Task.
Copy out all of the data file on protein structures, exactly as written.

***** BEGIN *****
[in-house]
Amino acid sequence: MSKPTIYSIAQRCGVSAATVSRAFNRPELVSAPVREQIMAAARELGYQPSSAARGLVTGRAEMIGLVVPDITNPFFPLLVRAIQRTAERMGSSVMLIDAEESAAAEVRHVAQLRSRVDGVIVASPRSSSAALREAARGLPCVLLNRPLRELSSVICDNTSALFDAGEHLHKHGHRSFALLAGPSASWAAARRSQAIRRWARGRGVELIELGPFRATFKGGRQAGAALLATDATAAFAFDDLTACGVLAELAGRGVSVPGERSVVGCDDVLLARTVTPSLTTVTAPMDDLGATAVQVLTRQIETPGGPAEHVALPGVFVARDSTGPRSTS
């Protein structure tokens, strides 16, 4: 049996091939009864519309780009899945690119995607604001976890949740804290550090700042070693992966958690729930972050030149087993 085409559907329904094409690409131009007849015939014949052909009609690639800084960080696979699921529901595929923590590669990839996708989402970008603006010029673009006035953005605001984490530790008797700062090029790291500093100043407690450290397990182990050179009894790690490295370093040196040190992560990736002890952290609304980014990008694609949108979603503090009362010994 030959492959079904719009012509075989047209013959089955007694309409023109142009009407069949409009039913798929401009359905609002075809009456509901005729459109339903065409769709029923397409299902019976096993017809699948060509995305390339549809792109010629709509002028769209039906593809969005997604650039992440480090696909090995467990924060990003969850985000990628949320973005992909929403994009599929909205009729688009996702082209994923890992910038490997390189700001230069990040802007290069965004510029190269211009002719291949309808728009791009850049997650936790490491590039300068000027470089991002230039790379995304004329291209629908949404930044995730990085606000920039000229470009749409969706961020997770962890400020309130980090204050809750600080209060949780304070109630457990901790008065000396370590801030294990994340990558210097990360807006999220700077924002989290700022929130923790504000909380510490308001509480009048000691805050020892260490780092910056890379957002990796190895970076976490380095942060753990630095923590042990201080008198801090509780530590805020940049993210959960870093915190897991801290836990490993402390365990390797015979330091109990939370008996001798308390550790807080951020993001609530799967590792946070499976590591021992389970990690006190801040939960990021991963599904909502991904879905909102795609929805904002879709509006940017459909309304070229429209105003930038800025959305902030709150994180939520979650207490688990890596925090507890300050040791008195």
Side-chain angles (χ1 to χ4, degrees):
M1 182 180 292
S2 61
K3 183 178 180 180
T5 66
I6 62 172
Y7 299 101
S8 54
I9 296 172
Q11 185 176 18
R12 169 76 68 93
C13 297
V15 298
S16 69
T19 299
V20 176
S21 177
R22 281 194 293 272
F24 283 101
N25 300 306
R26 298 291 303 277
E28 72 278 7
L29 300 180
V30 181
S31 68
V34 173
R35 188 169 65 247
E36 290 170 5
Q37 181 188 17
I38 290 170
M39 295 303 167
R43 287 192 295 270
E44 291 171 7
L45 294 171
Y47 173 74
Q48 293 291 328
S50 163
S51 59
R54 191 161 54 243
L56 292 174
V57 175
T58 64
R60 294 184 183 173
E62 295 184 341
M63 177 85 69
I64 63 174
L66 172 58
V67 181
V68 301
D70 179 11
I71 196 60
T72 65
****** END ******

[in-house]
Amino acid sequence: MSKPTIYSIAQRCGVSAATVSRAFNRPELVSAPVREQIMAAARELGYQPSSAARGLVTGRAEMIGLVVPDITNPFFPLLVRAIQRTAERMGSSVMLIDAEESAAAEVRHVAQLRSRVDGVIVASPRSSSAALREAARGLPCVLLNRPLRELSSVICDNTSALFDAGEHLHKHGHRSFALLAGPSASWAAARRSQAIRRWARGRGVELIELGPFRATFKGGRQAGAALLATDATAAFAFDDLTACGVLAELAGRGVSVPGERSVVGCDDVLLARTVTPSLTTVTAPMDDLGATAVQVLTRQIETPGGPAEHVALPGVFVARDSTGPRSTS
């Protein structure tokens, strides 16, 4: 049996091939009864519309780009899945690119995607604001976890949740804290550090700042070693992966958690729930972050030149087993 085409559907329904094409690409131009007849015939014949052909009609690639800084960080696979699921529901595929923590590669990839996708989402970008603006010029673009006035953005605001984490530790008797700062090029790291500093100043407690450290397990182990050179009894790690490295370093040196040190992560990736002890952290609304980014990008694609949108979603503090009362010994 030959492959079904719009012509075989047209013959089955007694309409023109142009009407069949409009039913798929401009359905609002075809009456509901005729459109339903065409769709029923397409299902019976096993017809699948060509995305390339549809792109010629709509002028769209039906593809969005997604650039992440480090696909090995467990924060990003969850985000990628949320973005992909929403994009599929909205009729688009996702082209994923890992910038490997390189700001230069990040802007290069965004510029190269211009002719291949309808728009791009850049997650936790490491590039300068000027470089991002230039790379995304004329291209629908949404930044995730990085606000920039000229470009749409969706961020997770962890400020309130980090204050809750600080209060949780304070109630457990901790008065000396370590801030294990994340990558210097990360807006999220700077924002989290700022929130923790504000909380510490308001509480009048000691805050020892260490780092910056890379957002990796190895970076976490380095942060753990630095923590042990201080008198801090509780530590805020940049993210959960870093915190897991801290836990490993402390365990390797015979330091109990939370008996001798308390550790807080951020993001609530799967590792946070499976590591021992389970990690006190801040939960990021991963599904909502991904879905909102795609929805904002879709509006940017459909309304070229429209105003930038800025959305902030709150994180939520979650207490688990890596925090507890300050040791008195």
Side-chain angles (χ1 to χ4, degrees):
M1 182 180 292
S2 61
K3 183 178 180 180
T5 66
I6 62 172
Y7 299 101
S8 54
I9 296 172
Q11 185 176 18
R12 169 76 68 93
C13 297
V15 298
S16 69
T19 299
V20 176
S21 177
R22 281 194 293 272
F24 283 101
N25 300 306
R26 298 291 303 277
E28 72 278 7
L29 300 180
V30 181
S31 68
V34 173
R35 188 169 65 247
E36 290 170 5
Q37 181 188 17
I38 290 170
M39 295 303 167
R43 287 192 295 270
E44 291 171 7
L45 294 171
Y47 173 74
Q48 293 291 328
S50 163
S51 59
R54 191 161 54 243
L56 292 174
V57 175
T58 64
R60 294 184 183 173
E62 295 184 341
M63 177 85 69
I64 63 174
L66 172 58
V67 181
V68 301
D70 179 11
I71 196 60
T72 65